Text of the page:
Oregon Gov. Kate Brown. (Beth Nakamura/The Oregonian via AP)

Oregon Gov. Kate Brown. (Beth Nakamura/The Oregonian via AP)

After losing temper, Sen. Liias apologizes to Oregon governor

The Everett Democrat said Gov. Kate Brown “is living in fantasyland” in response to her criticism of a proposed tax on exported fuel.

OLYMPIA — State Sen. Marko Liias has apologized to Oregon Gov. Kate Brown for disparaging her in a radio interview Thursday.

“I lost my temper … and made some intemperate and disrespectful remarks,” the Everett Democrat wrote in an email to the governor Thursday night.

Brown, also a Democrat, opposes a 6 cent tax on exported fuel that is proposed in Washington Democrats’ $16 billion transportation package. Most of Oregon’s fuel comes from Washington, making it likely Oregon drivers will see the increase at the pump.

“Let me be clear: Oregon will not stand for taxation levied by Washington leaders with no consultation with our state government, our business community or our residents,” she wrote in a Seattle Times guest column on Tuesday. A few days earlier, Brown tweeted that she told Washington Gov. Jay Inslee the tax is “unacceptable.”

Liias, an author of that transportation package, took aim at Brown when the subject arose midway through the radio interview.

Marko Liias

Marko Liias

“The fact that she dares say a word is just a joke,” he told host John Carlson on KVI radio in Seattle.

Washington residents who work in Oregon pay that state’s income tax, which adds up to $300 million a year, Liias said.

“Her state basically lives off Washington state residents,” he said. “This governor down in Oregon is living in fantasyland. She is in the last few months of her term. She is losing relevance.”

Liias penned the apology a short time later.

“It is too easy in politics to get upset and say unkind things, and much too difficult to express regret,” Liias wrote. “Governor Brown has been a wonderful partner with Washington on so many issues, I am sorry my words clouded that proud record.

“Moving forward, I plan to stick to the merits of our transportation proposal and leave the interstate dimensions to cooler heads and wiser voices,” he concluded.

Liias also apologized on the Washington Senate floor Friday.

“I deeply regret those comments,” he said. “I know better. I will do better.”

Jerry Cornfield: 360-352-8623; jcornfield@heraldnet.com; Twitter: @dospueblos.

Talk to us

More in Local News

Marysville firefighters respond to a 12-year-old boy who fell down a well Tuesday May 30, 2023 in Marysville, Washington. (Photo provided by Marysville Fire District)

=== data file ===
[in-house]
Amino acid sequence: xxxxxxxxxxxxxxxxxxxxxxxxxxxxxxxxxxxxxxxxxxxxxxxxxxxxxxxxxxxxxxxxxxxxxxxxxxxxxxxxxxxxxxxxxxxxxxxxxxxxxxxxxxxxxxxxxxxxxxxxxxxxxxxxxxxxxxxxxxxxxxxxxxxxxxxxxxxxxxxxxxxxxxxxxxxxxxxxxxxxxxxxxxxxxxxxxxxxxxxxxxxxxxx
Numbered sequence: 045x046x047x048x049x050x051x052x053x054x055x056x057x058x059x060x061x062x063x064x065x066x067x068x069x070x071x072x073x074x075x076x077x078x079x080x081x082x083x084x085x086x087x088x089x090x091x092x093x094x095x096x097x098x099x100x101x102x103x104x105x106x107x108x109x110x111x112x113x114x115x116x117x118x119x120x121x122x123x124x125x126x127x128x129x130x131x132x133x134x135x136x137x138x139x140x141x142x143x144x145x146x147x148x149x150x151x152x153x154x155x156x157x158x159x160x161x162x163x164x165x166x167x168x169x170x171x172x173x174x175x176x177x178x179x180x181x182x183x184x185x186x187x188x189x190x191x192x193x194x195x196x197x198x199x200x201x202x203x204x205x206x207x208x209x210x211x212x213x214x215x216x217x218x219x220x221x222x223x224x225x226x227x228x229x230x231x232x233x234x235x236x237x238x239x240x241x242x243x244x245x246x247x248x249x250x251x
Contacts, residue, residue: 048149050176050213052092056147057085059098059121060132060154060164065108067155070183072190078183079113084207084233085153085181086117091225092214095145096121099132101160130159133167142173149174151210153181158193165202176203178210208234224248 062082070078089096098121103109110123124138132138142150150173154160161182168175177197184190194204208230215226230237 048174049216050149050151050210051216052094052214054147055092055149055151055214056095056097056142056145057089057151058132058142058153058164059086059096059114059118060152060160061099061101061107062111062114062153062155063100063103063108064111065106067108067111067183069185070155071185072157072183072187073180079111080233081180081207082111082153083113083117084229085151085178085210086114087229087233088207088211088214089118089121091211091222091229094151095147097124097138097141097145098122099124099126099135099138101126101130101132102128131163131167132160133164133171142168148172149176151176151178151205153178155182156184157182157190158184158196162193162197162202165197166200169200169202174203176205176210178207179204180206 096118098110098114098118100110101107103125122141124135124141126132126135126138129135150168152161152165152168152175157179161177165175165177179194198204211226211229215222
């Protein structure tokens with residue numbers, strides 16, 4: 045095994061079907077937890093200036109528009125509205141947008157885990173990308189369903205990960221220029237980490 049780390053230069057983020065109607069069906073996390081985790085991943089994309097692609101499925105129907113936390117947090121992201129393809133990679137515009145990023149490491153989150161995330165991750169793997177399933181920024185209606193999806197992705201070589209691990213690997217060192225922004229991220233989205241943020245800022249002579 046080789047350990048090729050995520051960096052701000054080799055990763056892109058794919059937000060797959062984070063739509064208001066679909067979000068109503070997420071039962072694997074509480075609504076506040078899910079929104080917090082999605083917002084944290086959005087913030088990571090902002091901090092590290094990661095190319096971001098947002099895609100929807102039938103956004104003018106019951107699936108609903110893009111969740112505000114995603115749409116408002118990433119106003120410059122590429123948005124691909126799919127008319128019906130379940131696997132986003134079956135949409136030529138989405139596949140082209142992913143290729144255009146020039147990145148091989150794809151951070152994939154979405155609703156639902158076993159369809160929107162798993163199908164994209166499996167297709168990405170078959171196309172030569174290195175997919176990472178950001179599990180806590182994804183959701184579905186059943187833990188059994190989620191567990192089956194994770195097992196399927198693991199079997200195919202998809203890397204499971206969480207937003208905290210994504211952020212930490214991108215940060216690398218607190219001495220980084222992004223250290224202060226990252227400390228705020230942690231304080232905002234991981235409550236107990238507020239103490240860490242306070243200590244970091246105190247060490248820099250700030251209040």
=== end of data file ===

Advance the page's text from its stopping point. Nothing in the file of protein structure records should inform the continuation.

Marysville firefighters save boy who fell 20 feet into well

The 12-year-old child held himself up by grabbing on to a plastic pipe while firefighters worked to save him.

Highway 9 is set to be closed in both directions for a week as construction crews build a roundabout at the intersection with Vernon Road. (Washington State Department of Transportation)
Weeklong closure coming to Highway 9 section in Lake Stevens

Travelers should expect delays or find another way from Friday to Thursday between Highway 204 and Lundeen Parkway.

Students arriving off the bus get in line to score some waffles during a free pancake and waffle breakfast at Lowell Elementary School on Friday, May 26, 2023, in Everett, Washington. (Ryan Berry / The Herald)
800 free pancakes at Everett’s Lowell Elementary feed the masses

The annual breakfast was started to connect the community and the school, as well as to get people to interact.

Marysville Mayor Jon Nehring speaks at the groundbreaking event for the I-5/SR 529 Interchange project on Tuesday, May 23, 2023 in Marysville, Washington. (Olivia Vanni / The Herald)
$123M project starting on Highway 529 interchange, I-5 HOV lane

A reader wondered why the highway had a lane closure despite not seeing work done. Crews were waiting on the weather.

Justin Bell was convicted earlier this month of first-degree assault for a December 2017 shooting outside a Value Village in Everett. (Caleb Hutton / Herald file)
Court: Snohomish County jurors’ opaque masks didn’t taint verdict

During the pandemic, Justin Bell, 32, went on trial for a shooting. Bell claims his right to an impartial jury was violated.

Gary Fontes uprights a tree that fell over in front of The Fontes Manor — a miniature handmade bed and breakfast — on Friday, May 12, 2023, at his home near Silver Lake in Everett, Washington. (Ryan Berry / The Herald)
Everett’s mini-Frank Lloyd Wright builds neighborhood of extra tiny homes

A tiny lighthouse, a spooky mansion and more: Gary Fontes’ miniature world of architectural wonders is one-twelfth the size of real life.

Will Steffener
Inslee appoints Steffener as Superior Court judge

Attorney Will Steffener will replace Snohomish County Superior Court Judge Janice Ellis, who is retiring in June.

News logo for use with stories about Mill Creek in Snohomish County, WA.
Police: Mill Creek man fatally stabbed wife amid financial woes

After quitting his job at Amazon, the man amassed about $50,000 in debt, triggering a discussion about finances, he told police.

Outside of the current Evergreen Recovery Centers' housing to treat opioid-dependent moms with their kids on Thursday, May 25, 2023 in Everett, Washington. (Olivia Vanni / The Herald)
$8M in behavioral health grants to benefit children, youth, families

Snohomish County awarded one-time federal funding to five projects that will reach at least 440 new people each year.

Most Read